Full Pull The Anti-Spontaneity Party III

Hello friends. We’re back with the latest in our anti-spontaneity rosé series. You remember the deal, right? When it comes to new-school Washington rosé, spontaneity is way overrated. In our current low-supply/high-demand environment, planning is required.

If you want to be drinking the best local rosés in July and August, you can’t purchase them in July and August. They’ll be sold out by then. The trick is to purchase in March and April and May, stash them away in a dark closet or under the bed, and wait for our glorious, all-too-short PacNW summer.

Anti-Spontaneity Offer #1 was for 2015 Seven Hills Rosé on March 4 (and I know many of you have been *stoked* to have bottles on hand with some of the 80-degree days we’ve had in April). Anti-Spontaneity Offer #2 came on the first of April, covering 2015 Renegade Rosé and 2015 Tranche Pink Pape. Now that we’ve hit May, it’s time for another trio of blink-and-they’re-gone, mayfly rosés. Two of these are old Full Pull standbys. But let’s start with a newbie:

2015 Underground Wine Project Mr. Pink Rose
Here Trey Busch (also behind the well-loved Renegade Rosé) partners with Mark McNeilly from Mark Ryan to produce yet another value-priced rosé, this time 100% from Sangiovese. It clocks in at 12.8% listed alc, and the color, according to my note is “hot salmon” (kind of a gross descriptor, admittedly; this tasting happened during my surrealist period in the early days after my son was born). So yeah, let’s just say neon pink with an orange tinge; how’s that? The lovely zesty nose evokes the seaside, with salt air aplenty to go with notes of mineral and green strawberry. One thing Sangio never lacks is acidity, part of what makes it a natural choice for a summer porch-pounder. The fruit here is citric and alpine in character, but you barely notice it amidst the wash of minerality and acidity. This is truly refreshing, energetic. You could go either way with it: put a hard chill on it and glug, or sip slowly and contemplate the nervy texture and surprising complexity. A brilliant, well-priced debut.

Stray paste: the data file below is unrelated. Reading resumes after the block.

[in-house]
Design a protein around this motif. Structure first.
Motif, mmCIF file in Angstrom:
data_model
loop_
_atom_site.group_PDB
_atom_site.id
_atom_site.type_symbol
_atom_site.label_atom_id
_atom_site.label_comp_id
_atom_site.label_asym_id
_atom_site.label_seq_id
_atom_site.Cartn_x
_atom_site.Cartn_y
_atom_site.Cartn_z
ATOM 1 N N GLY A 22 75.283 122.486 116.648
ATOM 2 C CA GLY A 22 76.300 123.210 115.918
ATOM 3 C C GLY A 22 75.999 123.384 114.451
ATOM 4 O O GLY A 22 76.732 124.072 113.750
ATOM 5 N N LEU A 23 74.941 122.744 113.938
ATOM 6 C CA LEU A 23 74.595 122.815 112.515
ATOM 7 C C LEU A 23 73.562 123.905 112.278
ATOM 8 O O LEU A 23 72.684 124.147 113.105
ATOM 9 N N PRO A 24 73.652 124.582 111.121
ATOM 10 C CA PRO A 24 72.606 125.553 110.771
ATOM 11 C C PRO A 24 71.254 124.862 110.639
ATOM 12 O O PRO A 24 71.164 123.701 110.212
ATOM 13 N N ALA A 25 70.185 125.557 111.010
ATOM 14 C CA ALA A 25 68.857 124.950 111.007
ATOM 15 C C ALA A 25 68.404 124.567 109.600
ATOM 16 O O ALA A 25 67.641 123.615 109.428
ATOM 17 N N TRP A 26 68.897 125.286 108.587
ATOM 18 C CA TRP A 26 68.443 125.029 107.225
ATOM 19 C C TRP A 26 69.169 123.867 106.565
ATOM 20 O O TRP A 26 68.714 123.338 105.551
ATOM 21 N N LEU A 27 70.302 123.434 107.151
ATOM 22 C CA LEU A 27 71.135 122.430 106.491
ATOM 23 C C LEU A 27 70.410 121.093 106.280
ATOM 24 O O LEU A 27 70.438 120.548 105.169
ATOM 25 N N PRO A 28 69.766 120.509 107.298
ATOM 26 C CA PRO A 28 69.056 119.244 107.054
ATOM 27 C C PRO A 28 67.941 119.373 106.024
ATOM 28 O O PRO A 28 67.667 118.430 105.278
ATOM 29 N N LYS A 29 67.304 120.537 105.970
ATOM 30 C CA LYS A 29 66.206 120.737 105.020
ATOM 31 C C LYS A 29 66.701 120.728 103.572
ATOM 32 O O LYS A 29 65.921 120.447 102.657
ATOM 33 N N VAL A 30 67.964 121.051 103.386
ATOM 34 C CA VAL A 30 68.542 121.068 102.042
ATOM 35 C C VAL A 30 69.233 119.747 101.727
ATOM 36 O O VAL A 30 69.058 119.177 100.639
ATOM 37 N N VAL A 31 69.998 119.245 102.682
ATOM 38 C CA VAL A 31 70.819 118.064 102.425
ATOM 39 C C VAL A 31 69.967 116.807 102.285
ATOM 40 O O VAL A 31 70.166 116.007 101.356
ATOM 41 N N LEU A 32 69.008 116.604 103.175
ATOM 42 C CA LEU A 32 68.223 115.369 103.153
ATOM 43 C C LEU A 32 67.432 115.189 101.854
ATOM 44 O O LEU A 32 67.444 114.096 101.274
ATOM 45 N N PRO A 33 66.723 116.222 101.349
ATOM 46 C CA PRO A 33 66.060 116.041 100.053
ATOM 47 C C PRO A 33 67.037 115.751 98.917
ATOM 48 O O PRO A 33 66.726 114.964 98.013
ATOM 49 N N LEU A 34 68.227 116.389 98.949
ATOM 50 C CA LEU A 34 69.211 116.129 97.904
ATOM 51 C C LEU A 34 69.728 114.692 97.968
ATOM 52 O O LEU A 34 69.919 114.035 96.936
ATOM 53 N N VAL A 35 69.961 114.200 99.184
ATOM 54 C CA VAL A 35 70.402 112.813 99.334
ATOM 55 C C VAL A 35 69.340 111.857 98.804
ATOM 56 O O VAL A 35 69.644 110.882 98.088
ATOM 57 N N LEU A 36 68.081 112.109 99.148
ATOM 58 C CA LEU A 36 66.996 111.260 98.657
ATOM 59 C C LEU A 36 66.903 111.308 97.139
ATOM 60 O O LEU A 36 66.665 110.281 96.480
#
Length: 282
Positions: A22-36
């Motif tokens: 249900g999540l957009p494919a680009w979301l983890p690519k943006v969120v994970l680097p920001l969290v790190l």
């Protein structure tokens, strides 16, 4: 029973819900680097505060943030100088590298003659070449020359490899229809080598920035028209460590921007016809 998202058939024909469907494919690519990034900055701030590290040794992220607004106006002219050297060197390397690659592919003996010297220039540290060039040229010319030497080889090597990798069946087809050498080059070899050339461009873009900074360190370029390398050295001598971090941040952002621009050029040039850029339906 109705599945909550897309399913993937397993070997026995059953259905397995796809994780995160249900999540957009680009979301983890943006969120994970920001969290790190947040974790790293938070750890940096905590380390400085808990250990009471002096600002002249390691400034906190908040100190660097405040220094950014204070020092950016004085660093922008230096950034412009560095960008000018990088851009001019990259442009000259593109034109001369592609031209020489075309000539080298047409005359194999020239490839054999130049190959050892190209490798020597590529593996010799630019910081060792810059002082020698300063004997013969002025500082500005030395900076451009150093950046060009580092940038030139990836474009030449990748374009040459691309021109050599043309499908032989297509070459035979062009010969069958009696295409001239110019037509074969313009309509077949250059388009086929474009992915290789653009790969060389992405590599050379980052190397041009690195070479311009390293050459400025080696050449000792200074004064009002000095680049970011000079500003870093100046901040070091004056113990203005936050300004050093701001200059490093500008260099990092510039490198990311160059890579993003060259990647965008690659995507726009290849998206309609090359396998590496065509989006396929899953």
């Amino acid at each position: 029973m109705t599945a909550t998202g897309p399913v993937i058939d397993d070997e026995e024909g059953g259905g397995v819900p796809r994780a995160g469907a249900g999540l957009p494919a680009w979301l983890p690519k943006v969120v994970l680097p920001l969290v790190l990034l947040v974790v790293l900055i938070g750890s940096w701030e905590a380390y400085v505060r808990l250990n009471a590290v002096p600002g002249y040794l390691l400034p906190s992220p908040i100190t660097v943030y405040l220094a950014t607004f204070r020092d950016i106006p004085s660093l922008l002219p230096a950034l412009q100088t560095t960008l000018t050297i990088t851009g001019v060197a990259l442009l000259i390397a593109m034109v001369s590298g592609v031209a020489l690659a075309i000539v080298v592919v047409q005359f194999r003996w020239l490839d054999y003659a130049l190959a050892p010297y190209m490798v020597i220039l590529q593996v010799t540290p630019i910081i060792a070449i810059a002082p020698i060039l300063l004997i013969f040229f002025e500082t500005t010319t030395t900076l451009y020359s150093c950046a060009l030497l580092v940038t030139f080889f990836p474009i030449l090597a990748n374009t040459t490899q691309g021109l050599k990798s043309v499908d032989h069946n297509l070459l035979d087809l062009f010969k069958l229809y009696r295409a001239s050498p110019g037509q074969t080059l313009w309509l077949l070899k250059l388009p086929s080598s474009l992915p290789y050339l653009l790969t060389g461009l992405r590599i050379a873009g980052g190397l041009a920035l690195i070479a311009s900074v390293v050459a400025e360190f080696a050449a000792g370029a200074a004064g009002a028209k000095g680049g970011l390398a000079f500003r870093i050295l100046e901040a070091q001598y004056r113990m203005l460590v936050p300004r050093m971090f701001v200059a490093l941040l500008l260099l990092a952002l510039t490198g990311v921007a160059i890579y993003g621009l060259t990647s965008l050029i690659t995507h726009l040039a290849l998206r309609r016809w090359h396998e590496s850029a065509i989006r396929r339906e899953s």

2015 Julia’s Dazzle (Long Shadows)
Without question, one of the weirdest bottles produced in Washington each year. First off, there’s the bottle, which basically looks like a big pink bowling pin. Then, there’s the technique: Gris de Gris. There are a few grapes that make white wine, but whose skin actually takes on a pinkish-gray pigment, such that a rosé is possible. The most famous Gris de Gris is Domaine de Fontsainte’s in the Corbieres region of France, made mostly from Grenache Gris. Dazzle is made from a special block of Pinot Gris at The Benches/Wallula Vineyard, with 2% rosé of Sangiovese blended in to stabilize the color.

It’s a passion project from Long Shadows, and it’s clear that this is Gilles Nicault at his most whimsical. Pale pink in the glass, it begins with a nose of honeycrisp apple, cantaloupe, and watermelon (the red flesh, yes, but also some green rind notes). A bit of dissolved CO2 adds spritz and balances some seriously rich fruit (14.1% listed alc). This vintage drinks quite dry compared to previous years. There may be a kiss of residual sugar here, but it’s only a subtlety, not prominent like in some previous years. It’s more Tavel than Provence in texture, to me more appropriate for late-summer-into-fall, and certainly a lovely bottle to put on the Thanksgiving table. The problem, of course, is that the wine is unlikely to still be around by late summer. I’d also drink this with darker white meats, like chicken thighs or pork shoulder roasts. Yum.

2015 Syncline Rose
There are certain wines you can set your clocks by as Full Pull list members, and Syncline’s rosé is one of them. It has historical significance, as it was the first rosé ever offered by Full Pull, way back in summer 2010 (that was the 2009 vintage). We haven’t missed a year since, and for good reason: this is as consistently excellent as rosé gets in Washington. It’s also one of those pinks that never seems to survive the summer. And isn’t it the transitory nature of rosé that makes it so beautiful? The ache of the fleeting experience only serves to heighten the pleasure, doesn’t it?

No surprise that these Rhone specialists would produce a rosé that is a blend of 39% Cinsault, 36% Carignan, and 25% Grenache. One change this year: the bottling gets a single-vineyard designation, coming entirely from McKinley Springs in the Horse Heaven Hills. The grapes are picked specifically for rosé (13.9% alc), and produce a wine with lovely pale salmon color. The nose is fantastic, combining notes fruity (strawberry, kiwi, honeydew), green (cucumber, celery leaf), and mineral in turn. The palate offers a deftly balanced mix of supple fruit and juicy acidity, and the finishing lick of Aperol bitters adds complexity and an adult touch to a truly lovely rosé. One of Washington’s standard-bearers in this category, to be sure.

First come first served up to 36 bottles total (mix and match as you like), and the wines should arrive in a week or two, at which point they will be ready for pickup or shipping during the next temperature-appropriate shipping window.

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